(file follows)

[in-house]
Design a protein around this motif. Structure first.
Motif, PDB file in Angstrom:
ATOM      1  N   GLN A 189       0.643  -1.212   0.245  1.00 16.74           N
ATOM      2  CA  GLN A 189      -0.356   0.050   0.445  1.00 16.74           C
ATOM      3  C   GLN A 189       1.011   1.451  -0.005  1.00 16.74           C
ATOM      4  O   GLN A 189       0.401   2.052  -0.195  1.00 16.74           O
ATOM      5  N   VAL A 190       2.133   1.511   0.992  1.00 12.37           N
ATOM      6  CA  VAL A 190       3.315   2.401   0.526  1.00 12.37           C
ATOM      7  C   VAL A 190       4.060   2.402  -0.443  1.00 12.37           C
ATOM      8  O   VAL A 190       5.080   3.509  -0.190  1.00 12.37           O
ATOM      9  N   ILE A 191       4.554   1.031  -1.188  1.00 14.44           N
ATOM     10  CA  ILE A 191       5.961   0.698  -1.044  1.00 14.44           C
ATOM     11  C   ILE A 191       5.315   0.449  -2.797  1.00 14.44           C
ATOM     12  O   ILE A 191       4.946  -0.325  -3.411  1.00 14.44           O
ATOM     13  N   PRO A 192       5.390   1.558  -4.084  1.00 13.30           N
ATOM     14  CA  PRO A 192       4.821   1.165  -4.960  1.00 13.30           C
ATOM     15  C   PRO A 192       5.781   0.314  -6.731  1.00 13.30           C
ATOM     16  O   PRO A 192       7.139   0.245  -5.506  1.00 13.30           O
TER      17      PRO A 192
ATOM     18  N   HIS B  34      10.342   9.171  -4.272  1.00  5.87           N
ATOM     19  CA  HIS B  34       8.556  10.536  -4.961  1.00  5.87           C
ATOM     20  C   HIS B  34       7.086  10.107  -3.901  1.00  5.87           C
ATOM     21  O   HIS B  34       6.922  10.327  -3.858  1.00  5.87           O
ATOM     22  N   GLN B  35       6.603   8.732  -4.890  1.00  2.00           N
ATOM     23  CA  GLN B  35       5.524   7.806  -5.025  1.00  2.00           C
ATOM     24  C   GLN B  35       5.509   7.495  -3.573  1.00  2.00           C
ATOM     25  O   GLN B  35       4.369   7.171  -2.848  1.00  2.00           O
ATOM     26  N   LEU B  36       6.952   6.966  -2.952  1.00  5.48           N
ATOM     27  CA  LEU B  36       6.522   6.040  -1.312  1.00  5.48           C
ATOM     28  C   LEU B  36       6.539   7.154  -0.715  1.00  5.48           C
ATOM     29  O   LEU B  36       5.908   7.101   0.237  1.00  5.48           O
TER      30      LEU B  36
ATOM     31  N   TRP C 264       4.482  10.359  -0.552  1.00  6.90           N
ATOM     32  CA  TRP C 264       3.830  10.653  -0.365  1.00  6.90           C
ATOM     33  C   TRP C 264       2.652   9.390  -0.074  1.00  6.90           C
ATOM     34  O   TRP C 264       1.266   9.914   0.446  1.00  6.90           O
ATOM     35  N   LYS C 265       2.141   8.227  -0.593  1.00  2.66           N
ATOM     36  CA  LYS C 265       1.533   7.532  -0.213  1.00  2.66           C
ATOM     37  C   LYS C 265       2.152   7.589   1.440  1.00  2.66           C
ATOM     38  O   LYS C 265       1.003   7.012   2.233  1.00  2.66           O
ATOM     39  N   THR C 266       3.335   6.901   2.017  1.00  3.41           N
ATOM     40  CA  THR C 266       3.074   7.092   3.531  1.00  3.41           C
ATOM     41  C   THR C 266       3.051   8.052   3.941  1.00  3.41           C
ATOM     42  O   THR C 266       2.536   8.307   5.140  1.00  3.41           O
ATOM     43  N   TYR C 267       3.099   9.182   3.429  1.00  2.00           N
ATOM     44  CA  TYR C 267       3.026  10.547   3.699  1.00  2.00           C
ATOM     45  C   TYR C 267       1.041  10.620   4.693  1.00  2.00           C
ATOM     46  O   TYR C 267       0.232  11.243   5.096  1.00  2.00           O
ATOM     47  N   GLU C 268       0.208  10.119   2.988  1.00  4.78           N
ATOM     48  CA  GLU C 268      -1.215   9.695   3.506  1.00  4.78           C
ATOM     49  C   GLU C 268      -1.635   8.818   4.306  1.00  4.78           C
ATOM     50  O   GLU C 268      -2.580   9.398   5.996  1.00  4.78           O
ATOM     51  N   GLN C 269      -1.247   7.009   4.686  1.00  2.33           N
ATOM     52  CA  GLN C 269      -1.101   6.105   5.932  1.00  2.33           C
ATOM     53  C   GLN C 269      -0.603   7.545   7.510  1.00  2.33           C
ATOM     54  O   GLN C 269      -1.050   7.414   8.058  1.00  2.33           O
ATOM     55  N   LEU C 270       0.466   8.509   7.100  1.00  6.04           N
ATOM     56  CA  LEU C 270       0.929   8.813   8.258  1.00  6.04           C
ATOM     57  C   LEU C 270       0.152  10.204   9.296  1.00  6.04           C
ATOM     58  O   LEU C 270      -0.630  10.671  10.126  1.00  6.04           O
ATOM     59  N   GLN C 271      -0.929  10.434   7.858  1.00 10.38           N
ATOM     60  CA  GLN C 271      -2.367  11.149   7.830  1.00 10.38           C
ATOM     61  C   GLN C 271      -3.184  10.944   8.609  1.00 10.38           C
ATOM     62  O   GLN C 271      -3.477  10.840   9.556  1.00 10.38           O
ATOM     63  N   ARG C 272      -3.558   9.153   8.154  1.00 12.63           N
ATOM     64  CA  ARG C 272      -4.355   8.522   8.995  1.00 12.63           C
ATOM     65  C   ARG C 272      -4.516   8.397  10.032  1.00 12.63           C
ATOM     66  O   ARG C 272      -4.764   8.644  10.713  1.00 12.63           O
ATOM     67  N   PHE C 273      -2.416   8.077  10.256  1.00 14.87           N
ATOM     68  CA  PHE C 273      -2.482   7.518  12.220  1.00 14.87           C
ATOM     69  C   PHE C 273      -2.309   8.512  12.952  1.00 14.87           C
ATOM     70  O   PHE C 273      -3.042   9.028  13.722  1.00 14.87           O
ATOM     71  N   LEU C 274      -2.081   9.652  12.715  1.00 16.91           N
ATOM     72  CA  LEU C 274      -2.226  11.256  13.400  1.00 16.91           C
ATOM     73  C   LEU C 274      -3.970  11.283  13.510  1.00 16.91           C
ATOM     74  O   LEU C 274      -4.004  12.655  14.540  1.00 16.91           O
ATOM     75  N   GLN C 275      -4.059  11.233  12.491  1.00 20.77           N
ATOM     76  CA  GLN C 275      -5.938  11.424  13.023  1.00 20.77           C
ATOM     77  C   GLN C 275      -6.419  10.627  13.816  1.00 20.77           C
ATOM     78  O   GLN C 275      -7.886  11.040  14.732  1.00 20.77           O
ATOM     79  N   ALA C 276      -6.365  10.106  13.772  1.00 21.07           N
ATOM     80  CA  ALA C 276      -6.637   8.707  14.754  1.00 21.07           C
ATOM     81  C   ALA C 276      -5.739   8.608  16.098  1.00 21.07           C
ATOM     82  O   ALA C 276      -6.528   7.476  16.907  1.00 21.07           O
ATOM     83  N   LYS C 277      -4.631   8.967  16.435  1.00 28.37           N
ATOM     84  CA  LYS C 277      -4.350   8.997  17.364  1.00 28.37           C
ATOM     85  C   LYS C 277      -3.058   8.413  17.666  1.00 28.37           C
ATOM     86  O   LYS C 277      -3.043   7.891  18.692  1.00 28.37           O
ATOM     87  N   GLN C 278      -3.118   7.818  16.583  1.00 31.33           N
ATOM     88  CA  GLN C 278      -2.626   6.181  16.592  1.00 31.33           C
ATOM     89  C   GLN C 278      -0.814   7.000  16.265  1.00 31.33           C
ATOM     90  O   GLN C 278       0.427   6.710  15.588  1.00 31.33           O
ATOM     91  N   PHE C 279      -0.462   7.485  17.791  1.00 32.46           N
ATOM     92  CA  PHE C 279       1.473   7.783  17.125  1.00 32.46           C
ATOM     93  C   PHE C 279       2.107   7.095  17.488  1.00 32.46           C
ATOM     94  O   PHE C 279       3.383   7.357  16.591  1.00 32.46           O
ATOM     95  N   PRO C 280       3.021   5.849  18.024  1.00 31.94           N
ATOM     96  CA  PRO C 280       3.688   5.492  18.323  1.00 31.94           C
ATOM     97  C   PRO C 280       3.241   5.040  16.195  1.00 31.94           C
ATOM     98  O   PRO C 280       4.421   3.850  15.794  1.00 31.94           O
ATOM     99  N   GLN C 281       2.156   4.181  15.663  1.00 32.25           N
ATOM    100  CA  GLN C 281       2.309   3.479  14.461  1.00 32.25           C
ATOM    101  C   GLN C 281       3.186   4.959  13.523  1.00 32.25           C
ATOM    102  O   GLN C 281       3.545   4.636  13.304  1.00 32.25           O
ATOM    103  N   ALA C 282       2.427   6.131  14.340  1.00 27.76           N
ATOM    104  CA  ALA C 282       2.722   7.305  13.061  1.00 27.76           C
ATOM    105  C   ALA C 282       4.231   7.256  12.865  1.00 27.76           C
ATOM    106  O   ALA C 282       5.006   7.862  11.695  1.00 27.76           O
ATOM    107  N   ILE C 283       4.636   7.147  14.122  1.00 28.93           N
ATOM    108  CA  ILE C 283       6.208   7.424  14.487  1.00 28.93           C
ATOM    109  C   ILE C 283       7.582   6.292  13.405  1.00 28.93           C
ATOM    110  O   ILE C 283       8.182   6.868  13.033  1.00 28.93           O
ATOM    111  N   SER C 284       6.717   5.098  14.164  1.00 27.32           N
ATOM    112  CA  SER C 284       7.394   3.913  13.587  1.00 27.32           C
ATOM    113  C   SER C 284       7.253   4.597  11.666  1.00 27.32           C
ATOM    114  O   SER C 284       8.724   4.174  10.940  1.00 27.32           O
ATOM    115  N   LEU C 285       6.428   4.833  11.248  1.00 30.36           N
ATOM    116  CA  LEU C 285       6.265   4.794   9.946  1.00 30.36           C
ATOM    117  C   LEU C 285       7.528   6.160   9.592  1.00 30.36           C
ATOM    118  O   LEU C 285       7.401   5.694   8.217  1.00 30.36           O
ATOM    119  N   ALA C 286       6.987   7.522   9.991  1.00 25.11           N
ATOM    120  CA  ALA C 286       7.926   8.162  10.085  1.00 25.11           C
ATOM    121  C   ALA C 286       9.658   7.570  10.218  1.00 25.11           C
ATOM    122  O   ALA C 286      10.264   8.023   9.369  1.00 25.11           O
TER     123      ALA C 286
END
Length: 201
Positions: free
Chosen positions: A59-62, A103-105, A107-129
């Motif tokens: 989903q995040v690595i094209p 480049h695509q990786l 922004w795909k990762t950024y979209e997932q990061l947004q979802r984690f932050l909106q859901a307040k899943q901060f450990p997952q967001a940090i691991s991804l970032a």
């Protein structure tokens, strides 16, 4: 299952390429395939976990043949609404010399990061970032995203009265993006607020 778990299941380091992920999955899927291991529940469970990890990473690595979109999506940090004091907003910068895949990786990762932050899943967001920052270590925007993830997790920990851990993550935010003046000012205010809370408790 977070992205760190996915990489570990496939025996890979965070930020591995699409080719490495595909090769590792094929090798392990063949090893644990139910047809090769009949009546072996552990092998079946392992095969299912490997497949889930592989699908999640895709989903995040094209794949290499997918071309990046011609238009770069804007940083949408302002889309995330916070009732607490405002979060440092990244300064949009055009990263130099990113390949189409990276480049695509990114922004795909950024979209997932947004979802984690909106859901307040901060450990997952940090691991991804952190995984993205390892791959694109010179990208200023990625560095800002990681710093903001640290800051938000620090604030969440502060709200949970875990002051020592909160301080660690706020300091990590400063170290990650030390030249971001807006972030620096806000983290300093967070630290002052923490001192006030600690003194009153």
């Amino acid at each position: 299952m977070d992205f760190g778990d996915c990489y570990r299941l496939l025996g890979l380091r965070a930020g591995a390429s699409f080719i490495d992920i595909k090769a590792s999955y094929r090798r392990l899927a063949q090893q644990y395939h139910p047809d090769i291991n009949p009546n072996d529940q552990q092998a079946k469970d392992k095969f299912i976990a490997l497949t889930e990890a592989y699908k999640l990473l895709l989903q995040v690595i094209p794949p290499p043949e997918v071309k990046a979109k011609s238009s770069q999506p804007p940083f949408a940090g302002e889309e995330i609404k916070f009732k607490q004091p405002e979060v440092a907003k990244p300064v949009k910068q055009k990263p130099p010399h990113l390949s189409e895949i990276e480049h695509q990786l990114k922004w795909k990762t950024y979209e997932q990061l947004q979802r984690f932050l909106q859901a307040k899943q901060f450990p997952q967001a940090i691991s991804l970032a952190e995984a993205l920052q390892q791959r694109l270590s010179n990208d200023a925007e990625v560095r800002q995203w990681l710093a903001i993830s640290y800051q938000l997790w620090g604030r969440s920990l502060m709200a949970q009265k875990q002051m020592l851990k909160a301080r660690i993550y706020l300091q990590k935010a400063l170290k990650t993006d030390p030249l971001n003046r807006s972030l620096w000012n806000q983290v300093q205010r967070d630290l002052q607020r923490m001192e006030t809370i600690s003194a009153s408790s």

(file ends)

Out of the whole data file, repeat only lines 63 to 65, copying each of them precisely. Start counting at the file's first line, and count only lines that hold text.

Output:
ATOM     60  CA  GLN C 271      -2.367  11.149   7.830  1.00 10.38           C
ATOM     61  C   GLN C 271      -3.184  10.944   8.609  1.00 10.38           C
ATOM     62  O   GLN C 271      -3.477  10.840   9.556  1.00 10.38           O